EMMC First in Maine to “Light Up” Tissue During Robot-Assisted Surgery with Fluorescence Imaging


Eastern Maine Medical Center recently became the first hospital in Maine to use fluorescence imaging during robot-assisted surgery, an advancement that provides surgeons with better visualization of tissue and blood vessels and may lead to fewer complications.
“With this technology, we can make tissue and blood vessels glow a bright green color, which allows us to see actual flow,” says Michelle Toder, MD, physician, EMMC Northeast Surgery, director, EMMC Surgical Weight Loss, and co-chair, EMMC Robotic Steering Committee. “Robot-assisted surgery already allows for exceptional precision and control, and fluorescence imaging is a way for us to further enhance this type of surgery.”
“Lighting up” tissue has several practical applications in the operating room. For example, the technology can be used to highlight the differences between cancerous and non-cancerous tissue, making it more likely that healthy tissue will remain in place, and cancerous tissue will not be left behind during kidney, colon, and uterine surgery. In some cases, surgeons may be able to isolate and remove a cancerous tumor instead of an entire organ. Physicians who use the technology during gallbladder removal surgery can more clearly see the bile ducts, which may lead to better precision and a lower risk of bile duct injuries and leaks. Fluorescence imaging also has benefits during surgical weight loss revision procedures as well as head and neck, pelvic floor, benign colon, and other types of surgery.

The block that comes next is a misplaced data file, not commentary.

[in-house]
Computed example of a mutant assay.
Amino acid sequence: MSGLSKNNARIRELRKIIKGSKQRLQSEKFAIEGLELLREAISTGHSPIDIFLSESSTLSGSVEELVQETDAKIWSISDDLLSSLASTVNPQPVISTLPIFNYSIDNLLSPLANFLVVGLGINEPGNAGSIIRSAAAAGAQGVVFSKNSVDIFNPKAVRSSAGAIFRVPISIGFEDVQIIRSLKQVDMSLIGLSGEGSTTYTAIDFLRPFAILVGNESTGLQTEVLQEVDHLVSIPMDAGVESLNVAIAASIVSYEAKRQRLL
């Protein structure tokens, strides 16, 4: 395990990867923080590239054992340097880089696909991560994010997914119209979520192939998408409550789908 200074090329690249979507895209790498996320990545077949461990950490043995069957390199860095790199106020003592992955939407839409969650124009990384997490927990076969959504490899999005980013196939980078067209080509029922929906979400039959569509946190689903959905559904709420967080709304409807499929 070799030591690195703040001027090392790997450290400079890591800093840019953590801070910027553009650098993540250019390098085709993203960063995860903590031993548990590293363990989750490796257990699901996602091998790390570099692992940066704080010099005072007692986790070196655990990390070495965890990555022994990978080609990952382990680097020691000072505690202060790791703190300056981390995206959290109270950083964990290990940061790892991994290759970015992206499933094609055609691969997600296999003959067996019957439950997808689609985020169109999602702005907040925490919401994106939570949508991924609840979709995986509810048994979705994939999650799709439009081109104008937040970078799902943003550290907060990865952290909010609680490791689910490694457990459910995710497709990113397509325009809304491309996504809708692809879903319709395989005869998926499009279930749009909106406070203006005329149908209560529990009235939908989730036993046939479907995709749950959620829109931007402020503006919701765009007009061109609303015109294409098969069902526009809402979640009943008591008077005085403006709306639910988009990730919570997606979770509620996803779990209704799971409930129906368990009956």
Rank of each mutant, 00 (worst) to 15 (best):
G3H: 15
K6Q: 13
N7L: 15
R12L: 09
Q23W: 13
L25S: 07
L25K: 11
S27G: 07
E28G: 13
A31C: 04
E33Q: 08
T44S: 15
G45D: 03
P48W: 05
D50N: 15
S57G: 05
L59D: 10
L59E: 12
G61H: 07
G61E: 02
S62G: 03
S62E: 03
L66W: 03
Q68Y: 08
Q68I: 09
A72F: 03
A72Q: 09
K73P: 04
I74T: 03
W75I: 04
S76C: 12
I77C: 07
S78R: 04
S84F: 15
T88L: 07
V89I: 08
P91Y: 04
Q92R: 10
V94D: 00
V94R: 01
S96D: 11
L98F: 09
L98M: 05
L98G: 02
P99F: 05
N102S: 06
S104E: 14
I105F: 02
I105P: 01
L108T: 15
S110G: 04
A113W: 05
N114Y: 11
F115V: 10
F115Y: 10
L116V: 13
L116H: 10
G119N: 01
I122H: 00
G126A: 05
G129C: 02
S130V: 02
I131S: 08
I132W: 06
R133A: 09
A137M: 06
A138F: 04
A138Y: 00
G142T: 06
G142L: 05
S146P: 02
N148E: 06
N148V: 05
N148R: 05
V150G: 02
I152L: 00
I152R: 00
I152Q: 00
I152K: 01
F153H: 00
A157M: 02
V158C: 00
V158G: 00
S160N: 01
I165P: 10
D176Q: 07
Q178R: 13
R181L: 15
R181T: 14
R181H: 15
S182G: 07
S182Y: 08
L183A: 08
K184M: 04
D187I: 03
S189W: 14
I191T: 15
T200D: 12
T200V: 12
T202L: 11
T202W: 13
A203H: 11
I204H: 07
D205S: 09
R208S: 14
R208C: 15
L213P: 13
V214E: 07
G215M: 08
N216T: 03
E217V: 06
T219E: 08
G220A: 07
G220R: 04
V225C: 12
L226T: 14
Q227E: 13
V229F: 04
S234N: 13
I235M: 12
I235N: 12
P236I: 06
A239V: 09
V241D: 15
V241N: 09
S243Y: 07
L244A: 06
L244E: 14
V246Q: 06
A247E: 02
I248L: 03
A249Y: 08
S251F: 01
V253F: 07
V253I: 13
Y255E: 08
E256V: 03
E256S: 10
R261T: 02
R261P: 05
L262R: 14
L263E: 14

Patients do not feel anything different during or after surgery. Prior to the procedure, the surgeon educates the patient about fluorescence imaging. On the day of surgery, dye is injected, which enables the desired anatomy to glow. In the operating room, a camera provides both standard and fluorescent light, allowing the surgeon to switch back and forth between different modes and providing multiple views. After the surgery, the dye leaves the body naturally and has no lingering effects.
Dr. Toder first used fluorescence imaging during a robot-assisted gallbladder removal. The procedure went smoothly, and the patient is on her way to a full recovery.
“I was amazed by how much more information this enhanced view provided during surgery,” says Dr. Toder. “The technology clearly results in better precision, and this is key to making further improvements in the safety of surgery. As a robotic surgery Epicenter, EMMC has shown its commitment to being a leader in surgical care, and fluorescence imaging takes it to an even higher level.”

Watch a video about this technology here.